I think I shall make this an occasional series - what not to do in the world of quilting. I could fill a book with bad ideas; randomly sized seams, wavy borders, missing bits of batting (or backing), polyester material that melts when you iron it ... and this disastrous episode would be the star of a whole special section: "How NOT to baste".
Basting for me is the worst part of the whole quilting process. I read that others dislike binding, or quilting, or cutting ... I really hate basting. And I put it off, and the pile of tops grows and grows. Then I read on the internet about some whizz bang way of doing it that will eliminate all the bother, so I try that, and always always always it is only whizz bang if your quilt is under forty inches a side.
My new favourite method is spray basting with spray glue - I did it for the Checkered Past and it held together beautifully during quilting and was so very easy to do. I don't have a special covered wall to spray on, so I stick the backing up to the outside wall of the house with masking tape, then spray, put the batting on, spray, put the quilt top on. And away I go, it really was painless. So it lulled me into a false sense of security for this monster...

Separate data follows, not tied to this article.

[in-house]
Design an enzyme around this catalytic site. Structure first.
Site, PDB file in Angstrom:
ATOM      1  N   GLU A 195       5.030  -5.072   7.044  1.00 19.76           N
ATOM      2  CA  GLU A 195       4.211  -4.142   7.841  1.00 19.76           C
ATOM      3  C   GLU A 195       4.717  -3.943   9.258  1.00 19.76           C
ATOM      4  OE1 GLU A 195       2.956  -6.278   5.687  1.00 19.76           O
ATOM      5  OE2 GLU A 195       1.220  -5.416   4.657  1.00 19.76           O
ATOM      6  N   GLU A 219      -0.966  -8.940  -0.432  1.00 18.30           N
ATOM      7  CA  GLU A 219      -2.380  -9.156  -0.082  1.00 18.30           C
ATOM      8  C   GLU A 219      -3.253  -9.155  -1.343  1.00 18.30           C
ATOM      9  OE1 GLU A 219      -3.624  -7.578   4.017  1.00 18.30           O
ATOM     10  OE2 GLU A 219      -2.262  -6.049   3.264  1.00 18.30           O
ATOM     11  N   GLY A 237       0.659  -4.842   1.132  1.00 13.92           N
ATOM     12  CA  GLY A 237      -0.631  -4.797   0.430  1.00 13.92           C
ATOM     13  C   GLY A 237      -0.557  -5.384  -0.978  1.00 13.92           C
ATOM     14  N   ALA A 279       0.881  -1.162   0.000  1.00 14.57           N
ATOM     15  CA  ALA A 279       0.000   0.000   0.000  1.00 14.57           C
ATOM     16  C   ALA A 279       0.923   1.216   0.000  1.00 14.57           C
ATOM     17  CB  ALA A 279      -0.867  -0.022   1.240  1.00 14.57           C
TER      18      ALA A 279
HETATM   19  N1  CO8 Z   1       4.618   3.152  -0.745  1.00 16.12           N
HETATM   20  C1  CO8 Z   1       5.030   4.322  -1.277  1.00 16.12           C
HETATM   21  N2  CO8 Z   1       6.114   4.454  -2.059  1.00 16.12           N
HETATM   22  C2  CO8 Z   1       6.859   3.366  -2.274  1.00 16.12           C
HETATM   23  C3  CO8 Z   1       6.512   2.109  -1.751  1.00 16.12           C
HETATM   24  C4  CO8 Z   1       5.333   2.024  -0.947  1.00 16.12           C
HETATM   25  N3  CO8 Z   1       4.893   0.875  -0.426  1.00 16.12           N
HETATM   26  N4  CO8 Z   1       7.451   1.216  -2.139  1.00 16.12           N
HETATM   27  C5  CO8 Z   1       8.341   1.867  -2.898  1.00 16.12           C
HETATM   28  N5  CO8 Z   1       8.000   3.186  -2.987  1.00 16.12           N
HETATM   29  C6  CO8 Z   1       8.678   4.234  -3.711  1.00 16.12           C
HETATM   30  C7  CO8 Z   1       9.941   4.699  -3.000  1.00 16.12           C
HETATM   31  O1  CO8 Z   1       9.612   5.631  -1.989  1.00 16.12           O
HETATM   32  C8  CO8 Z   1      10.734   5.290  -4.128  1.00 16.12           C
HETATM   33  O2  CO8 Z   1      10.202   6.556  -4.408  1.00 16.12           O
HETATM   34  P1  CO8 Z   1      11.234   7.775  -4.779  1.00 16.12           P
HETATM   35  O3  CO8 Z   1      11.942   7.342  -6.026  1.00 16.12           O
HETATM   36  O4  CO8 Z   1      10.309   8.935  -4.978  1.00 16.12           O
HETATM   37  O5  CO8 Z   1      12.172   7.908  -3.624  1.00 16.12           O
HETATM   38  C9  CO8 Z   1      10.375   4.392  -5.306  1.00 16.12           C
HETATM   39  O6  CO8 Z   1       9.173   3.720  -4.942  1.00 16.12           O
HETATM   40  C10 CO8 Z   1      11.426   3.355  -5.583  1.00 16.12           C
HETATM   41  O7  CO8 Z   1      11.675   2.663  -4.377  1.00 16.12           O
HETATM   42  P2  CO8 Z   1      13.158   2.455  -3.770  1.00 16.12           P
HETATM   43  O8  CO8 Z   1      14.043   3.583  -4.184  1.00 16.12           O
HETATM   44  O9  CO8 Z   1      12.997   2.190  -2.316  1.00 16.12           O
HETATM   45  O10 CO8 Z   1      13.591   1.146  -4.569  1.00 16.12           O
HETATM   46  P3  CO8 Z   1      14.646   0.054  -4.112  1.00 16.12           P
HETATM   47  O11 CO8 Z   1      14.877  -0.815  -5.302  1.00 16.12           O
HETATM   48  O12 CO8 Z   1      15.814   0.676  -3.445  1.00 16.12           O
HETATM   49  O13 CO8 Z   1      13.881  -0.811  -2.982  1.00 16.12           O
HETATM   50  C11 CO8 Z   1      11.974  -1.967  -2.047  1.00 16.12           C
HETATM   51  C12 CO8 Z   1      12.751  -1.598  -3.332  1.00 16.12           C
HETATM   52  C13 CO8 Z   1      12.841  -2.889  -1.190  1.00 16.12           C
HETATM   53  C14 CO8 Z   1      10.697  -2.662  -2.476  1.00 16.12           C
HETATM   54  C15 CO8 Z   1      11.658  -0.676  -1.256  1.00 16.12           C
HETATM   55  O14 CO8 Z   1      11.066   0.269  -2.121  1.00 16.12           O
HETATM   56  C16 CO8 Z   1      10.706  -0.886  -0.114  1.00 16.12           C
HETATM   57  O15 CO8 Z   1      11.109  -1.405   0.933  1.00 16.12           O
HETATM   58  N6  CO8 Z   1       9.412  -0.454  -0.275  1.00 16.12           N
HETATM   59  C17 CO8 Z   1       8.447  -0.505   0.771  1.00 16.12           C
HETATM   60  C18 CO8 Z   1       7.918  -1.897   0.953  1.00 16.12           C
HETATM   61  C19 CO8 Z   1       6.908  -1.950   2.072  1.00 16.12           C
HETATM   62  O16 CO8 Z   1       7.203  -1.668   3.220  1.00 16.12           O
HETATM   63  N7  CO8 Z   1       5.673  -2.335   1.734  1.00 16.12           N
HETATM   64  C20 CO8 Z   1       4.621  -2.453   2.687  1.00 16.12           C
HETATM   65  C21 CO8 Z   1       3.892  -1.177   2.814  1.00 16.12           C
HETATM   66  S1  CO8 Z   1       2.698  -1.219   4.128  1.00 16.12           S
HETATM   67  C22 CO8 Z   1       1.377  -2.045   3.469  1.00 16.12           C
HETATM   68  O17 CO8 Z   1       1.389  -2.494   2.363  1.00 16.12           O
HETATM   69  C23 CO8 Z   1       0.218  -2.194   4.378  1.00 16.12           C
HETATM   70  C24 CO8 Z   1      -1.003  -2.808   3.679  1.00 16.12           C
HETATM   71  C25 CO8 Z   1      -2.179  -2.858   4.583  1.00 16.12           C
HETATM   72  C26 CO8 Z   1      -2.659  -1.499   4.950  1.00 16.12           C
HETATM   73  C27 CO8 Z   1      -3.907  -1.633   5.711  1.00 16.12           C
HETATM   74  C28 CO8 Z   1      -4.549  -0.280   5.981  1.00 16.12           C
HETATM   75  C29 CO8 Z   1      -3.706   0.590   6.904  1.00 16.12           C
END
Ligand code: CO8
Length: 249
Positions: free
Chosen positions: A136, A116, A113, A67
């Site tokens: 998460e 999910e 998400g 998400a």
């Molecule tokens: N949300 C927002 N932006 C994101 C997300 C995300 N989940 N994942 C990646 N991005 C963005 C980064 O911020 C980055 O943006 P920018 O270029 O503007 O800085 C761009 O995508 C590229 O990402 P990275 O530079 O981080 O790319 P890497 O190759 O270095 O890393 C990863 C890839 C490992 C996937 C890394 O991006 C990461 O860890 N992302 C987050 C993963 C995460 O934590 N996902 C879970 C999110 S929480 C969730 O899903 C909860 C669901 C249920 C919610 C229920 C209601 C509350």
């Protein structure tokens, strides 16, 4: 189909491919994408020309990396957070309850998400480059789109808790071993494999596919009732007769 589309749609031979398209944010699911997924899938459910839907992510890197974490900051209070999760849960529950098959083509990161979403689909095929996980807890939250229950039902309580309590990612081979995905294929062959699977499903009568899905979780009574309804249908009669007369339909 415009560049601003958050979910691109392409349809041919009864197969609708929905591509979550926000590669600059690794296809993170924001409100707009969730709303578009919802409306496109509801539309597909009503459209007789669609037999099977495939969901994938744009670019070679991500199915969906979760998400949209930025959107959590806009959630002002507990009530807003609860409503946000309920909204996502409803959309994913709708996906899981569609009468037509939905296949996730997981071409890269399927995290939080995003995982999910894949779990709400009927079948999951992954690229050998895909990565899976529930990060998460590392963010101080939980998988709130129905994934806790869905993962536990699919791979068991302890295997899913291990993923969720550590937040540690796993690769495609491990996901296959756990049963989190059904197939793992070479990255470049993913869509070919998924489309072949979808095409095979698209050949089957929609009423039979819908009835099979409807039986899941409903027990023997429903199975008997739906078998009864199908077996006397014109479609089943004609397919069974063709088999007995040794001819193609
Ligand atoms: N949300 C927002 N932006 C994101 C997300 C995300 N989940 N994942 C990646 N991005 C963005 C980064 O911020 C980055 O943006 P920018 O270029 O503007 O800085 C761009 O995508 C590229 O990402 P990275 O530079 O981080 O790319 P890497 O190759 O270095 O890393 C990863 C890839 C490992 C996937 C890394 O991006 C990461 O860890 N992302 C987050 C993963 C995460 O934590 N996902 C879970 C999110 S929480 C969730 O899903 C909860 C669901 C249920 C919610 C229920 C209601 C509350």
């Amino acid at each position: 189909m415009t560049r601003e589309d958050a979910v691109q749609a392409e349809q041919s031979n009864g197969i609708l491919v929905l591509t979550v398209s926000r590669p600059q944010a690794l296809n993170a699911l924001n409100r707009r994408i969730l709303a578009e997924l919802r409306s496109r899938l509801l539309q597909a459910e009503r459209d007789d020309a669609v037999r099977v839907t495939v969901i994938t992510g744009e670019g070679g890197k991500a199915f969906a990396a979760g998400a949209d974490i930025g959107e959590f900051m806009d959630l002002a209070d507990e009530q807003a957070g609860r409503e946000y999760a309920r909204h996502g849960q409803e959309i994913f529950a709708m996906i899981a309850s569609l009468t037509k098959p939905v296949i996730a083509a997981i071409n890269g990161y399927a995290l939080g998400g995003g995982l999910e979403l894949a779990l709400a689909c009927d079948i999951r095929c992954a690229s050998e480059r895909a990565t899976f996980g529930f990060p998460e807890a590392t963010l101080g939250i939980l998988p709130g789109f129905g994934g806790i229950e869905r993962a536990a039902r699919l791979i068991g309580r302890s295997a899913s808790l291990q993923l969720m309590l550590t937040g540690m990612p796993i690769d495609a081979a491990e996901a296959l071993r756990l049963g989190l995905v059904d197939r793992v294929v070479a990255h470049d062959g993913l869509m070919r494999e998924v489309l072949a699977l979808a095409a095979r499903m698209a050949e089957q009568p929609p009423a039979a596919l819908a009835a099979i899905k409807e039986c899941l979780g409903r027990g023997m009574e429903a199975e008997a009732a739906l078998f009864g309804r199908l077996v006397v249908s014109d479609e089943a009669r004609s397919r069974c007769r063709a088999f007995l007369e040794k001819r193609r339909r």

Which is about 240 cm (95 inches) square. Somebody had a method for spraybasting big quilts on a wall that they SWORE worked for them (and I watched on youtube, and it did work in the video) where they pin up half the quilt and do that while the rest pools on the floor, then flip it around and do the other half. The trouble is they had a special wall where they could use drawing pins (is that an australian word? thumb tacks?) and the masking tape I was using just could not hold the weight. I decided to do it on the floor, but I can't do it inside because it's a bit gluey and messy ... so here I am on the pavers out the back. This is bad bad bad quilting. For starters, the pavers are very uneven, so the surface is far from flat. Secondly, it is absolutely filthy. My husband swept the area for me (bless him, he was seeing me become increasingly irate and wanted to help (before he copped any of the fallout)) but there are still leaves, twigs and gumnuts glued into the quilt somewhere. And thirdly it is really quite agonising crawling around on the concrete smoothing it all out so mostly I did not bother. Lumpy, bumpy and wrinkly! (and that's just me, boom boom). A show quilt this is NOT.
It didn't help that the Arsonist Brothers were making ash in the background. I sent them inside to play computer games like normal children.